Tight security will be enforced when the Legislative Council resumes session on Oct. 16, as well as on the next day, according to Legco president Andrew Leung Kwan-yuen.
Leung said the Legco Commission, which he chairs, made the decision to ensure that all the legislators’ meetings are conducted smoothly, the Hong Kong Economic Journal reports.
Everyone entering the building, including legislators and staff, will be screened as part of the security measures, he said.
Leung also expressed gratitude to the Architectural Services Department (ASD), the Electrical and Mechanical Services Department (EMSD), the Legco Secretariat, and contractors for their efforts at repairing the Legco complex.
On the night of July 1, hundreds of protesters, part of a larger crowd that had earlier staged a peaceful protest against the now-withdrawn extradition bill, stormed the Legco complex and trashed the place, destroying equipment and spraying graffiti on walls and furniture.
The incident forced the legislative body to suspend operations as the damaged facilities and meeting rooms required repairs.
Following the restoration efforts, most meeting facilities are now ready for use, damaged equipment replaced, the Hong Kong emblem fixed, and graffiti on the walls removed.
Some of the windows and entrances to the building are still blocked with wooden boards and the Civic Square, an open space in front of the East Wing of the Central Government Complex, which is a favorite venue for protests, remains surrounded by water barriers, RTHK reported.
Leung said the repairs on the Legco building and facilities cost around HK$40 million, an expense shared by the ASD, EMSD and the Legco. Discussions with insurance companies for compensation are still underway, he added.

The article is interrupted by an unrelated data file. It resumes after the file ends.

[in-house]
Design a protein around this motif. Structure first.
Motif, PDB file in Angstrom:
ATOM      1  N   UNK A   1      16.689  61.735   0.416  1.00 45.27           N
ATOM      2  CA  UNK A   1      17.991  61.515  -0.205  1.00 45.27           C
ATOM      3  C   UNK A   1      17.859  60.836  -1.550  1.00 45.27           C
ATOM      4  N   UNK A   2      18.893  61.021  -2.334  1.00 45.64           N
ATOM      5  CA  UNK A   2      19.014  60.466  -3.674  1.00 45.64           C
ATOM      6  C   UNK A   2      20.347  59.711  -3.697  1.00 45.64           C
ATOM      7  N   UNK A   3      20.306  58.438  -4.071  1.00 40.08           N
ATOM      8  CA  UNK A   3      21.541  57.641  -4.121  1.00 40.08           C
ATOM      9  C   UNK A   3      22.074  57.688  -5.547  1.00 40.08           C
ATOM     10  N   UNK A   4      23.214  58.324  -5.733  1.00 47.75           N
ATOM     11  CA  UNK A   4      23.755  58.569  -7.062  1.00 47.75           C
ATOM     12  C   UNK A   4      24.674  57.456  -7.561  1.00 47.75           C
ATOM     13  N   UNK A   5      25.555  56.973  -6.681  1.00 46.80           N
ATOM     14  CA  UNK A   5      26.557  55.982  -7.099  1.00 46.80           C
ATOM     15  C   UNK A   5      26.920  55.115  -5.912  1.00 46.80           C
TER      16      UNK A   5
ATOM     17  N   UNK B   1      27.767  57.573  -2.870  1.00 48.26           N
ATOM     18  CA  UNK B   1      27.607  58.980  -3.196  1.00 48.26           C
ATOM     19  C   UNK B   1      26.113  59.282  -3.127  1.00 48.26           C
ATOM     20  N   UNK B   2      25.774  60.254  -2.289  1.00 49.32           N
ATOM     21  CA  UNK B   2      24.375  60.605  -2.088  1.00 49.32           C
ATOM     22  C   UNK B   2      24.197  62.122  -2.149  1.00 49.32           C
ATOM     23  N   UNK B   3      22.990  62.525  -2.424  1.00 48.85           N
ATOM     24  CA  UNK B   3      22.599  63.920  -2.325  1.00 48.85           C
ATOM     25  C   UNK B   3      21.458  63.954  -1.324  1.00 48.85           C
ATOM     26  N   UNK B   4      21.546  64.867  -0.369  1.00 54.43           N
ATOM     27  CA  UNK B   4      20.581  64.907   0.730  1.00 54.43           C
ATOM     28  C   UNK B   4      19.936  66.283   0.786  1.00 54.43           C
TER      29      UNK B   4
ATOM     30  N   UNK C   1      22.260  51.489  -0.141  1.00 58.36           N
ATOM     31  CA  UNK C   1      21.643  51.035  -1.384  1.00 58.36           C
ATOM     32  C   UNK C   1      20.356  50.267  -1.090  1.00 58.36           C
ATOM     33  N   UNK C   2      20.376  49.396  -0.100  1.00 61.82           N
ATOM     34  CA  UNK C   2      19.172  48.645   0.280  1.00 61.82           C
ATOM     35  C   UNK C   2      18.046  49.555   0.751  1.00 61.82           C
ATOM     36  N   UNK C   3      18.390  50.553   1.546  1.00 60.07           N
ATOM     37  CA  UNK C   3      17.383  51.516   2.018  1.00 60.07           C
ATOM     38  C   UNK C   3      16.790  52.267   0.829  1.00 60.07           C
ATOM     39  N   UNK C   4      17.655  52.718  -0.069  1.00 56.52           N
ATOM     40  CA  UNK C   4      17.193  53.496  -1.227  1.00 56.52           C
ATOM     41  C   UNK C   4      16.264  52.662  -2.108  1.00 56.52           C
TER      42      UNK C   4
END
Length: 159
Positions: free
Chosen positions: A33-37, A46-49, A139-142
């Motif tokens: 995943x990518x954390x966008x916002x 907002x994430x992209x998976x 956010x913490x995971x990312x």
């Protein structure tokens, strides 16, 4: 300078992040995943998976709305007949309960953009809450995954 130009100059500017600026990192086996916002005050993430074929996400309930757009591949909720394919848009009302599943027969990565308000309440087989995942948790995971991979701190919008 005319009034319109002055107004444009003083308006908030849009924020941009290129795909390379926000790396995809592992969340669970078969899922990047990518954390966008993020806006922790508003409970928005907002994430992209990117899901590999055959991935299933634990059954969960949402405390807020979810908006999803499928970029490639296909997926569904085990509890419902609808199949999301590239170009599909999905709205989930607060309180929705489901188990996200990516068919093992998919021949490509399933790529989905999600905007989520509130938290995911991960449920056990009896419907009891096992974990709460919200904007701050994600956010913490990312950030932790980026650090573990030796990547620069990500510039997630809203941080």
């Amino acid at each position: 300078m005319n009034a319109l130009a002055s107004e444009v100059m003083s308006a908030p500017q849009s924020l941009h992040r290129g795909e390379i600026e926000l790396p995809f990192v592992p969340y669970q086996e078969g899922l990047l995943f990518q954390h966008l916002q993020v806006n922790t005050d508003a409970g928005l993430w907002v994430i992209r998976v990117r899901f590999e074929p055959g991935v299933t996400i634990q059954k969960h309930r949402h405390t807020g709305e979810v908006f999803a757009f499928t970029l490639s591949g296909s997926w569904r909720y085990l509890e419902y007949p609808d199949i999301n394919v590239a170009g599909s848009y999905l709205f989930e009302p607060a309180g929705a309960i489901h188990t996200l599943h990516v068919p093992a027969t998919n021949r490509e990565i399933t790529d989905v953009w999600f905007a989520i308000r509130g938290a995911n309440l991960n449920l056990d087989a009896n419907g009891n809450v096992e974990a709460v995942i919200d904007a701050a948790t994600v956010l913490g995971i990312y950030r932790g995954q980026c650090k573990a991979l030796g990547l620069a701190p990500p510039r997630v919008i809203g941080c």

Chief Executive Carrie Lam Cheng Yuet-ngor is expected to deliver her third policy address next Wednesday, the first Legco meeting for the 2019-2020 session.
On the same day, lawmakers will tackle the Security Bureau’s motion of withdrawing the extradition bill, according to the agenda of the council meeting next Wednesday.
Talking to reporters before the weekly Executive Council meeting on Tuesday, Lam said she hoped she could deliver her policy address in person, although everything will depend on the security situation.
The chief executive also revealed that her speech “will not be the usual type of policy address that will be very elaborate, very comprehensive, covering almost every aspect of the government”.
“I am getting it ready for announcement on October 16. Whether I could do it in a normal fashion, that is, walking into the Legislative Council chamber to read it out, maybe for an hour, an hour or so, is not something that I could determine on my own, because it depends on the reception in Legco, especially among some non-pro-establishment members, and also what will happen outside of the Legco building,” she said.
“We have to monitor the situation and to plan for some alternatives to get that policy address out in the public domain,” Lam added.
Meanwhile, a government spokesman said there will be no TV forum in the evening and no radio forum the next morning after the policy address, citing uncertainties that may exist in the vicinity of the government headquarters in Admiralty.
Asked if Legco has any contingency measures or backup plans should the complex be besieged again by protesters on Wednesday, Leung said there is no any backup plan, adding that no meetings will be held if lawmakers are unable to enter or leave the premises freely.
Lam said the regulation, which came into effect last Saturday, is subsidiary legislation subject to “negative vetting” by Legco.
There is a view that “negative vetting” is tantamount to bypassing Legco to make a law.
But Leung pointed out that the mask ban will be dealt with in accordance with established mechanisms, adding that dozens of legislation, even a hundred, have been introduced in that manner every year.
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